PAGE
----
growth of facebook

saw this visually-compelling little chart on bob’s blog recently. really, this says more about the times and culture we live in than it does about facebook, per se. sure, i’ve started to hear a backlash against facebook, mostly from hipsters and indie types who don’t seem to like anything that has gone mainstream. and i’m sure something will eventually come along to unseat facebook — that’s not really the point here.

the point is that we live in a time when reaching mass acceptance of a particular technology can take place in 5 years! i’m sure the speed also makes the acceptance less firm, in some ways (as in, there’s likely a corresponding quickness with which this technology will be usurped by something else). one of the things i notice is that the fuel for the fast rise of the most recent technologies has come from youth (whereas the older technologies were forced to go through the slower progress of adult acceptance first), which says something about the leading role of youth culture in the world today.

would love to hear your thoughts…


the last five things

ypulse has an interesting series of posts collecting info from their youth advisory board on their actual use of social media and other online stuff: MySpace, Twitter, Facebook, blogging, streaming TV and movies, downloading music. for each of these categories, a few of the advisory team tell the “last five things” they did. it’s a helpful snapshot of real life (not theoretical) teen and young adult usage of these various media.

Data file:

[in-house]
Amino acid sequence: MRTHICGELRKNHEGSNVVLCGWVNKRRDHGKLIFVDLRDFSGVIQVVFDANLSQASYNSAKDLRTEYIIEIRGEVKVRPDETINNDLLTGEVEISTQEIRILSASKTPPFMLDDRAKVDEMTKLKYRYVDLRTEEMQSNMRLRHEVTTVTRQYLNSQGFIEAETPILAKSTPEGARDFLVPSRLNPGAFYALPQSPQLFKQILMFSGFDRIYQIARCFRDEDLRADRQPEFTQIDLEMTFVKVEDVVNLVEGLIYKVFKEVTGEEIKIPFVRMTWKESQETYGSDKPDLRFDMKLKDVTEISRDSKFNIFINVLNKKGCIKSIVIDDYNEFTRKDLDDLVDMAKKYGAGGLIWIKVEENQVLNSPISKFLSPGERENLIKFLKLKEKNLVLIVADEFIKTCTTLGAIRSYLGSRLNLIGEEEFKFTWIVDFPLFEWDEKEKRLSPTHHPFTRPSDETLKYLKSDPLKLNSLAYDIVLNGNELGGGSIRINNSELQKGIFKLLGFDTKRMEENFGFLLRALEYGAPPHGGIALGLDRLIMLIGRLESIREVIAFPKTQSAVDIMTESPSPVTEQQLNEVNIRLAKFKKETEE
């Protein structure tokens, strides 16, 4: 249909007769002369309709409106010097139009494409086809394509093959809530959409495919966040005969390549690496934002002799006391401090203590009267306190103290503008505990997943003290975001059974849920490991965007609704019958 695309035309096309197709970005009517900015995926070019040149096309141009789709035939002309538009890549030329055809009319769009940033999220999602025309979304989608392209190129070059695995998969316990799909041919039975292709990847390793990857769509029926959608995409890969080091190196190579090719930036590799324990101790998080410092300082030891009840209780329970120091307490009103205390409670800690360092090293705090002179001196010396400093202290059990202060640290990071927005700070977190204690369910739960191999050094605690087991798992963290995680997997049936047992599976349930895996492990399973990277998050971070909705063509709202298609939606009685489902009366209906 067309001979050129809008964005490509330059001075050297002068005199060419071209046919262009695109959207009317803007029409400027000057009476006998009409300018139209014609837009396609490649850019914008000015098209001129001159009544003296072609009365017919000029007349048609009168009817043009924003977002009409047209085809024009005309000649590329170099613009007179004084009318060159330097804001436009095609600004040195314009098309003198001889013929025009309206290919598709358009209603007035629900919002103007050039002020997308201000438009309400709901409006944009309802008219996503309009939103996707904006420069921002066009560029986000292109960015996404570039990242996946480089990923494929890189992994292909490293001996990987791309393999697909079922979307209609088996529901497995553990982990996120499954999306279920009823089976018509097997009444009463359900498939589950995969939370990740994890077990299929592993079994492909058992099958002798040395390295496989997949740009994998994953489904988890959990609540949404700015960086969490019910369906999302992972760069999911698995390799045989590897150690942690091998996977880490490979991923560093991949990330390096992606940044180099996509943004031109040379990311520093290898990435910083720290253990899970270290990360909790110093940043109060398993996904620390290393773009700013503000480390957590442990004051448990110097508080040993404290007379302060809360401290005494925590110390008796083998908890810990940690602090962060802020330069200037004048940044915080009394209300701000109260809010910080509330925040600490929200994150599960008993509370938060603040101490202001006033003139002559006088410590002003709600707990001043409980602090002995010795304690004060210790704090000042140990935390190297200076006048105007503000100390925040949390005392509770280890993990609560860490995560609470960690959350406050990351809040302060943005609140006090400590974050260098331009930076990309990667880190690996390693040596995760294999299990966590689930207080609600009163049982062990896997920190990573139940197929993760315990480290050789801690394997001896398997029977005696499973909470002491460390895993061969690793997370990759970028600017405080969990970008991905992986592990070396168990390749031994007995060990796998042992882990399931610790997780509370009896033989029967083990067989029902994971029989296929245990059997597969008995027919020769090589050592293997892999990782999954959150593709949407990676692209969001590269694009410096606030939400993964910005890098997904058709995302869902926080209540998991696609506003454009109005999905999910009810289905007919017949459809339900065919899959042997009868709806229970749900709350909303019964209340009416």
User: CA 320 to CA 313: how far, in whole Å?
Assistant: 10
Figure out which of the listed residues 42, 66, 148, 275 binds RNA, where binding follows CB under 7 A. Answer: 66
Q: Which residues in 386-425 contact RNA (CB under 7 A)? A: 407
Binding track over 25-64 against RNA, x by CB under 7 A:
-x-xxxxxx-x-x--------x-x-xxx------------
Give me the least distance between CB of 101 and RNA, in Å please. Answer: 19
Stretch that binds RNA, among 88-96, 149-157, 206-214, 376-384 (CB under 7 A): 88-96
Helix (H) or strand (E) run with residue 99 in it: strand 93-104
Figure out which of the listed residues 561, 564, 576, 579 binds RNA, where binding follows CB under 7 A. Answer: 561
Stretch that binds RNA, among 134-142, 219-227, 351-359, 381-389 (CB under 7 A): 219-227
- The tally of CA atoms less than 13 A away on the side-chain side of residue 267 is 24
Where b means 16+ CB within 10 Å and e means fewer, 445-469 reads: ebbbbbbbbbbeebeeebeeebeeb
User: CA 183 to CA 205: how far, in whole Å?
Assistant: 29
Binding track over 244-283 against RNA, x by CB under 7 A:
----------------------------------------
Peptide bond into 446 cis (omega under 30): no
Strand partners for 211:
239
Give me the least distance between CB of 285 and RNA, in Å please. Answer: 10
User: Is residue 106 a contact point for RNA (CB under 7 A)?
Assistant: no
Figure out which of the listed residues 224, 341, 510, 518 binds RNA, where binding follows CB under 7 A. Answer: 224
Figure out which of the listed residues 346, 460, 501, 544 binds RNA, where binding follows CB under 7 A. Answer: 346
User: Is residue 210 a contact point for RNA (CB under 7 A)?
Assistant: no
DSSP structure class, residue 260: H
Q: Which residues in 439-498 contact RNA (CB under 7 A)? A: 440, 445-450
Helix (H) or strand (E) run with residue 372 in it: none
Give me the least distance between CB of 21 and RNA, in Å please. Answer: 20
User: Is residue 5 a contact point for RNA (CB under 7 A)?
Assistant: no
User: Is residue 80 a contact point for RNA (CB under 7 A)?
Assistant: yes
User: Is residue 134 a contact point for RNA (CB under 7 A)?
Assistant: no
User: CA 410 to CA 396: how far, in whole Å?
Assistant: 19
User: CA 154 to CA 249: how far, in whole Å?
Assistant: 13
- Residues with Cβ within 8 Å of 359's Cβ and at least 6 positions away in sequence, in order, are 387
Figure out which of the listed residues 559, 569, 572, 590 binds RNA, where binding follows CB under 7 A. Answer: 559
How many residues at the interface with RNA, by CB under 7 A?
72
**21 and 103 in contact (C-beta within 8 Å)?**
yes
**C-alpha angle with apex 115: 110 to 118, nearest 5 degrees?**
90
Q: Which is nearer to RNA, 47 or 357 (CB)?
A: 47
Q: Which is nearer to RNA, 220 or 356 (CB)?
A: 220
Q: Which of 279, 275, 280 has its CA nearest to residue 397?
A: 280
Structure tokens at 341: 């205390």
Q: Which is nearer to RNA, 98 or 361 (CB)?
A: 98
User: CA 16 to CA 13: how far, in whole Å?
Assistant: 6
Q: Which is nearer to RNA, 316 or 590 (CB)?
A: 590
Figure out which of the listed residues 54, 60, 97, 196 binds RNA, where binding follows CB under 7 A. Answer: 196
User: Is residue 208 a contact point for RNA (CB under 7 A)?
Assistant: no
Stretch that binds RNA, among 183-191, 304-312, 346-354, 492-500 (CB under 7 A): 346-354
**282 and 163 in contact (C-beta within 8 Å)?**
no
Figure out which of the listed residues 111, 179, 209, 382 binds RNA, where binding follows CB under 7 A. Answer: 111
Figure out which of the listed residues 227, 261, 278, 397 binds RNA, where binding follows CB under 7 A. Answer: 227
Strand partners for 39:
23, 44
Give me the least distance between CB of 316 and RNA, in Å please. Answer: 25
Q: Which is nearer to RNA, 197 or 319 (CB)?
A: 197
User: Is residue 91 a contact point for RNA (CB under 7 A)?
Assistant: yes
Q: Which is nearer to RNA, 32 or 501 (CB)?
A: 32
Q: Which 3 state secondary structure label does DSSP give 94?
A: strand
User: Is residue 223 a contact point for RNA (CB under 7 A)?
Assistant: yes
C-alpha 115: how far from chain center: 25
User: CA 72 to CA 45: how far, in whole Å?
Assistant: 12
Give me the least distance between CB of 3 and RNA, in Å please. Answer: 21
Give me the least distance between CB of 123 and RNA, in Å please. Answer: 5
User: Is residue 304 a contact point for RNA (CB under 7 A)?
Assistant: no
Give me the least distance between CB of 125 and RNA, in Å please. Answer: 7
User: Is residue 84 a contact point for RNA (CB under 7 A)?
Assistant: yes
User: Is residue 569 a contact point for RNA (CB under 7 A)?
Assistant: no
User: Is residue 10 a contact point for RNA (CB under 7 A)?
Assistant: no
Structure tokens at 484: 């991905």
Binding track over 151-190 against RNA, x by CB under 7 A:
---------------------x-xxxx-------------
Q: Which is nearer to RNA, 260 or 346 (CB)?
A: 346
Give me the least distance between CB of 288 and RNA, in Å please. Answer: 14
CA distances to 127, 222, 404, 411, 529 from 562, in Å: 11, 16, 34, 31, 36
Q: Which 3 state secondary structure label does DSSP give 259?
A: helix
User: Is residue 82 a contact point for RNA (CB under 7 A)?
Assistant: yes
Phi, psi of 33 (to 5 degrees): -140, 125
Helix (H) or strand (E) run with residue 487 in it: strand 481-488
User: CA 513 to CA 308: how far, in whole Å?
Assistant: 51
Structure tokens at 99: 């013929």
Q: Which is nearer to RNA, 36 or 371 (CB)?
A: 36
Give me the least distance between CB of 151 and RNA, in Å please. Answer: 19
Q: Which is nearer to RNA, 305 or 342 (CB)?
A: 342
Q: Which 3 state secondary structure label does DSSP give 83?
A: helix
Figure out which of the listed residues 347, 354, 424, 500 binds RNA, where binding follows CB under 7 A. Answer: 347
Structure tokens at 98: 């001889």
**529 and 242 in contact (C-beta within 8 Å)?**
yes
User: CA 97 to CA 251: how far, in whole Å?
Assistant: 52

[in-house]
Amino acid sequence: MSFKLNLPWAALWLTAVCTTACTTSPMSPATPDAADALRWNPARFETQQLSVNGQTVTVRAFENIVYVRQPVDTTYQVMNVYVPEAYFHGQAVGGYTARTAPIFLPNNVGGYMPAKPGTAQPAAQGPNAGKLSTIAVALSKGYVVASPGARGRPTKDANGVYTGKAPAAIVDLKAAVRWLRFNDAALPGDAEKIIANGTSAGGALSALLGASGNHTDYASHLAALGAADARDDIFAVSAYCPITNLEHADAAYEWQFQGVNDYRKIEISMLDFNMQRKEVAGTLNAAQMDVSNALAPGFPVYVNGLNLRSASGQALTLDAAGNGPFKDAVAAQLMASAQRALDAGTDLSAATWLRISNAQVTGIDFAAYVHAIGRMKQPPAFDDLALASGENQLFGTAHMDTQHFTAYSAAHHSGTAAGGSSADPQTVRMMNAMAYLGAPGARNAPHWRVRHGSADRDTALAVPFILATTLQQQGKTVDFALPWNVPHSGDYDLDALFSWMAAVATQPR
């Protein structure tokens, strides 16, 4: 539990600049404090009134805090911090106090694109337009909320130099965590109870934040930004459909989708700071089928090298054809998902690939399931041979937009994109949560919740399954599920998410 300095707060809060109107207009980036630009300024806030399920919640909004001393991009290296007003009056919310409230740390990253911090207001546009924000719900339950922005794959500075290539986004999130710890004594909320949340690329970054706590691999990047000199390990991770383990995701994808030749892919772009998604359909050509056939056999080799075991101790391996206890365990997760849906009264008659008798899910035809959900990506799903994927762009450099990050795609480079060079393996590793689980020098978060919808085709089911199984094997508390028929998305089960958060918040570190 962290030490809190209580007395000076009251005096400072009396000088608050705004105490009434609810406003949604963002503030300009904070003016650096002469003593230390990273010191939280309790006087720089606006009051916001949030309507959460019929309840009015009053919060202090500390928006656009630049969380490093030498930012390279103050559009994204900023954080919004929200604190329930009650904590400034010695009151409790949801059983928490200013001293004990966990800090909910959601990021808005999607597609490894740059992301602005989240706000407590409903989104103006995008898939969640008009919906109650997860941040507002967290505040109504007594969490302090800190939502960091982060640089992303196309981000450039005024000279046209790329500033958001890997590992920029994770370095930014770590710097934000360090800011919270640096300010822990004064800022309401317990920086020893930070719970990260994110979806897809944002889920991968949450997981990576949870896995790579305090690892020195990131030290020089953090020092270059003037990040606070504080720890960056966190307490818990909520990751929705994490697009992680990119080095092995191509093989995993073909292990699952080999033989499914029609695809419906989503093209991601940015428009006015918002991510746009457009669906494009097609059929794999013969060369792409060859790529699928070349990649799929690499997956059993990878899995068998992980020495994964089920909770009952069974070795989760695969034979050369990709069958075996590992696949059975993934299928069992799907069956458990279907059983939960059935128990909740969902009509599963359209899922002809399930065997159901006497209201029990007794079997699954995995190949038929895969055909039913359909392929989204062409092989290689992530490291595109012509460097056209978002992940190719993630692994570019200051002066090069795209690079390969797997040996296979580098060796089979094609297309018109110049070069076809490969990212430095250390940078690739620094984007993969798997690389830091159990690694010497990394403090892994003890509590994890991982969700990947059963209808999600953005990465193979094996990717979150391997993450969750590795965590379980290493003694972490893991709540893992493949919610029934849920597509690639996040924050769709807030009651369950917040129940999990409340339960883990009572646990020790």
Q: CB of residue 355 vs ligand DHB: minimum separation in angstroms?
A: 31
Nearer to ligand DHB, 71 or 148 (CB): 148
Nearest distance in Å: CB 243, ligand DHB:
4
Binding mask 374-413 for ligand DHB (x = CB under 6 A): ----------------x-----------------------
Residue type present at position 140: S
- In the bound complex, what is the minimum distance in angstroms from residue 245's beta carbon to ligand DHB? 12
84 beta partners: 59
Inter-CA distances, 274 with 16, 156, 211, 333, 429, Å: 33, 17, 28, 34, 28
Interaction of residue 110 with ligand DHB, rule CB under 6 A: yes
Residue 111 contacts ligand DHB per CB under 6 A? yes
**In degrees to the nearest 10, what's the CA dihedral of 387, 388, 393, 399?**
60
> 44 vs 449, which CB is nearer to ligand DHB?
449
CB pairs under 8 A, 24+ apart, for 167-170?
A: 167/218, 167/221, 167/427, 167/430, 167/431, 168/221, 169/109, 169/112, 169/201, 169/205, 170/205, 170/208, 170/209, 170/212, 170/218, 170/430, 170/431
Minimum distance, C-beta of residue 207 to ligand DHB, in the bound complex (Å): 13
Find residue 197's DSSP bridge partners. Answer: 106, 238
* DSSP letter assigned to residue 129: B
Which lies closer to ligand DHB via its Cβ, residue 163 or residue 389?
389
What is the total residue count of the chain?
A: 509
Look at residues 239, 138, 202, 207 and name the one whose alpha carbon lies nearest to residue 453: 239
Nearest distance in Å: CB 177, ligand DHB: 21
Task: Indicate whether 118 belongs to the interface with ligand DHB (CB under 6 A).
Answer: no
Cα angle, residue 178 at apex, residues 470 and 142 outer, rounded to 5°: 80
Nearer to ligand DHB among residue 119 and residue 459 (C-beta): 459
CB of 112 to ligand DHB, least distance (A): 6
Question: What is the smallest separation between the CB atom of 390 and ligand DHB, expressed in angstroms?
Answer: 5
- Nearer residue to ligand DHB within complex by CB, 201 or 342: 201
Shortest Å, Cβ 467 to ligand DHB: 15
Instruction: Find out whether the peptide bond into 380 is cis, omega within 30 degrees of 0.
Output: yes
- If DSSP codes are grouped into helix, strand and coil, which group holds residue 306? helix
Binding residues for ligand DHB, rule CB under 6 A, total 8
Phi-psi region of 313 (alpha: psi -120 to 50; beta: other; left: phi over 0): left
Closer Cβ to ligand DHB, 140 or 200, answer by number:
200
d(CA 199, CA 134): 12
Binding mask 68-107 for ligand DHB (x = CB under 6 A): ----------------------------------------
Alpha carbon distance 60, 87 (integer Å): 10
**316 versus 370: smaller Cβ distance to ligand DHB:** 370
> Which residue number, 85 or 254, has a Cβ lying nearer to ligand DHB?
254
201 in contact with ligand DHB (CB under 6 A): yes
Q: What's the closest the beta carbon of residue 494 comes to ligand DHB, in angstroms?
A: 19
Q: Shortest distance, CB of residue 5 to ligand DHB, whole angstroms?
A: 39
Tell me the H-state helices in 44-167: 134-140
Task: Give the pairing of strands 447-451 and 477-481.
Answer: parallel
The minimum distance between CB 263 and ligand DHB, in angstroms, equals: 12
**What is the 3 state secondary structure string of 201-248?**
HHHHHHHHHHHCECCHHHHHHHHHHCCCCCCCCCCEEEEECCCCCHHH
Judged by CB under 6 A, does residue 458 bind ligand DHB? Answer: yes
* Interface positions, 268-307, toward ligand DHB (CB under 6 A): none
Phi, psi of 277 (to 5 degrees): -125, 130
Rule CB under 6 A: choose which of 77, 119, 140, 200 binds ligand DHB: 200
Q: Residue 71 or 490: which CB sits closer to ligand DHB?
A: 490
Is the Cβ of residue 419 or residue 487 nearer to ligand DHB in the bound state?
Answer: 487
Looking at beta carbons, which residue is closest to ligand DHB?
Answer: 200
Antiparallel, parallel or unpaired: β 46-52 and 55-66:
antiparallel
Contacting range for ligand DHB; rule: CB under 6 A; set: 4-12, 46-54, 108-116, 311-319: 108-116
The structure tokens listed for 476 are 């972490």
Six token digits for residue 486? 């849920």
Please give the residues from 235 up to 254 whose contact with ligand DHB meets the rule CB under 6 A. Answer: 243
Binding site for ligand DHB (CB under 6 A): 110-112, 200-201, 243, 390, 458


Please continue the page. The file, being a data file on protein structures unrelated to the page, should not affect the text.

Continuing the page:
check ’em out here:

the last five things i did on facebook

the last five things i watched online

the last five things i googled

the last five things i bought online

i expect there will be more to come in this series. i’ll likely post them when they do.

new discussion thread on facebook ym3.0 group

the facebook discussion group for youth ministry 3.0 is more than 1600 people strong. there’s been a little lag in discussion over the holidays; but it’s time to ramp it up again.